"Gobsmacking abundance" of bluebottle jellyfish invade Australian beaches

Dominic Raab and Boris Johnson's sister latest to weigh in on Downing Street drinking culture. Credit: Picture by Pippa Fowles / No 10 Downing Street.

Beachgoers in Australia have been seeing a “gobsmacking abundance” of bluebottle jellyfish washed up on the sand.

An expert describes the “gobsmacking abundance” of bluebottle jellyfish that have been washing up on beaches in Australia.
Biologist and jellyfish expert Dr Lisa-ann Gershwin said the beautiful creatures were at the mercy of the wind and have been found all along Tasmania’s east coast, along the New South Wales’ coast, in parts of Victoria and even South Australia.
Dr Gershwin told ABC Radio Hobart: “At the moment we are seeing what can only be described as, scientifically of course, a gobsmacking abundance of these things.”
Although Dr Gershwin said it was normal for the wind to be bringing the jellyfish to shore and that Cyclone Seth could have contributed, she also noted that “we are seeing a lot, even before Seth came in.”
While the sight of the blubottles may be frightening for swimmers, Dr Gershwin described them as “very beautiful and interesting.”
She said the population of bluebottles was higher in the summer due to the breeding in warmer months, but wind has been a key factor.
“It’s not just a summertime thing; it has to do with sustained onshore winds.”
“When a wind comes up it drives these armadas to shore.”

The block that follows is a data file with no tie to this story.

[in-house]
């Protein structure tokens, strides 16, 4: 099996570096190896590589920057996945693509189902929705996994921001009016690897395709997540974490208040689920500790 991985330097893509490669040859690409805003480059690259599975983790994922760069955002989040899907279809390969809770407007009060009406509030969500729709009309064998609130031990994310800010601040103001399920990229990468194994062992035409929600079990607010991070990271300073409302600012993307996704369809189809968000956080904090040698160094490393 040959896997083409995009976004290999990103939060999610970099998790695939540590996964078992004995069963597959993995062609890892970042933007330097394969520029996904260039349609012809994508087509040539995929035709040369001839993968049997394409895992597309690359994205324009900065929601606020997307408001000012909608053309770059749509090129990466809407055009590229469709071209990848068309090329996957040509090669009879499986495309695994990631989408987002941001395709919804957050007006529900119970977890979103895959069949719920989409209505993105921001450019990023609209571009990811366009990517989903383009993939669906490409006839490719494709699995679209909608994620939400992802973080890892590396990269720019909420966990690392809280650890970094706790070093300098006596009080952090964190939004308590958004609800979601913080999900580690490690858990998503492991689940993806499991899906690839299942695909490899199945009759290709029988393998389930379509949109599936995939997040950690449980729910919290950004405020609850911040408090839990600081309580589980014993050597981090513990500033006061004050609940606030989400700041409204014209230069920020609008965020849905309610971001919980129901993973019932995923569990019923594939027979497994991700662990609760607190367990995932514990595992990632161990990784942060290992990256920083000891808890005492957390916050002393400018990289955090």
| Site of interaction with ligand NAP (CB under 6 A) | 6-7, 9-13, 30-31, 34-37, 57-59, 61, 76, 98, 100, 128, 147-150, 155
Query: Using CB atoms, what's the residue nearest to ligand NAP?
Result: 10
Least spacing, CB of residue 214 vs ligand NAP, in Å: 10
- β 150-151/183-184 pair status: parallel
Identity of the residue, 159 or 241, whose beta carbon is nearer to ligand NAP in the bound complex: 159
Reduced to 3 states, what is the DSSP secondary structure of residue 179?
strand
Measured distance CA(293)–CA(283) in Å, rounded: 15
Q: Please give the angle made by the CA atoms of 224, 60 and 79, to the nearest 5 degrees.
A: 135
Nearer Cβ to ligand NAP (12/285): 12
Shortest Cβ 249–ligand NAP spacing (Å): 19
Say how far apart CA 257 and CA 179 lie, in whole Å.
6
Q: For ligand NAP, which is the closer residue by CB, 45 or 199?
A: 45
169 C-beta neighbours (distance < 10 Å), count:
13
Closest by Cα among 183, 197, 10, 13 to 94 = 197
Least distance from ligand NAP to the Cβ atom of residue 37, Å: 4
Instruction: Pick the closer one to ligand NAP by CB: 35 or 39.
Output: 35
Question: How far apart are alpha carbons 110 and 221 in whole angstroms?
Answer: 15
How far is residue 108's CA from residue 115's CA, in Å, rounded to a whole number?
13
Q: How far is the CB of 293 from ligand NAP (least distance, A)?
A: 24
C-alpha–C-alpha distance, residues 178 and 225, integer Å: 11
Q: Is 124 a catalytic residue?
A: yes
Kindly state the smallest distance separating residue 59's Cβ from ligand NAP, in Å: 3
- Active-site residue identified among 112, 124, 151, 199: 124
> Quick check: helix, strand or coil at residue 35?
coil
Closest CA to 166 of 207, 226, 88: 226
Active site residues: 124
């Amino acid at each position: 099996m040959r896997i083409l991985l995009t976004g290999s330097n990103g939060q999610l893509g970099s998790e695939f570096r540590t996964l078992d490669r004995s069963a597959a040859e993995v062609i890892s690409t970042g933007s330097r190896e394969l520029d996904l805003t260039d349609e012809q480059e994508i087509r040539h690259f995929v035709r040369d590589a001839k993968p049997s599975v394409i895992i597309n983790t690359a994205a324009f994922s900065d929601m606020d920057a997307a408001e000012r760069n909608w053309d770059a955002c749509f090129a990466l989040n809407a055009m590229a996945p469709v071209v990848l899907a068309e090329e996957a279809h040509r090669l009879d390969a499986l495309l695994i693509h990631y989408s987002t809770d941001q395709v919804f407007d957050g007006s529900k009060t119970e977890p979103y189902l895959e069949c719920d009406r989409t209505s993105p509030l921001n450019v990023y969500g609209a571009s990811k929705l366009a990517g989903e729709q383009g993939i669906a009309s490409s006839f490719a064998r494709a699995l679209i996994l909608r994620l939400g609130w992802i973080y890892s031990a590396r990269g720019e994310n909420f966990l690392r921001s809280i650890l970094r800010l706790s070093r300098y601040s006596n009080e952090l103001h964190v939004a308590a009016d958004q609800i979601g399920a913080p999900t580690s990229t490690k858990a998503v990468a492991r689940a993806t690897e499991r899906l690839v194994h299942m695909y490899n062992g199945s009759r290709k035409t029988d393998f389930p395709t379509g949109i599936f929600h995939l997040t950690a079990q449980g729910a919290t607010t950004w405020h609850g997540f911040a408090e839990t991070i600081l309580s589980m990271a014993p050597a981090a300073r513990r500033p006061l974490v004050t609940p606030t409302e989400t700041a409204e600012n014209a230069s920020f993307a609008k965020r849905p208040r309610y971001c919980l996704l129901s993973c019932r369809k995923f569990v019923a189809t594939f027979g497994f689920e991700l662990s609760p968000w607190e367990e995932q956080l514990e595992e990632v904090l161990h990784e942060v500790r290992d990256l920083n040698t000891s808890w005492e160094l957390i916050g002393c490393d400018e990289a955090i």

“That just means we see them more this time of year, but we can see them anytime.”
An ‘armada’ is the collective noun for bluebottles, with Dr Gershwin saying they are usually found floating in large numbers out in the open ocean,
Bluebottles differ from a true jellyfish and consist of a complicated anatomy of four individuals with both male and female parts.
“Each bluebottle colony are either left-handed or right-handed in terms of their sail,” Dr Gerswhin said.
“It’s nature’s way of making sure it doesn’t kill off the entire population at once.”
The bluebottle jellyfish is closely related to the bigger Portuguese man o’ war, which is found in the Atlantic.

Thank you for reading, and don’t forget to check The Euro Weekly News for all your up-to-date local and international news stories, and remember, you can also follow us on Facebook and Instagram.

FacebookTwitterRedditWhatsAppTelegramLinkedInEmailCopy Link
Go Back
Written by

Laura Kemp

Originally from UK, Laura is based in Axarquia and is a writer for the Euro Weekly News covering news and features. Got a news story you want to share? Then get in touch at [email protected]


    Leave a comment

    Your email address will not be published. Required fields are marked *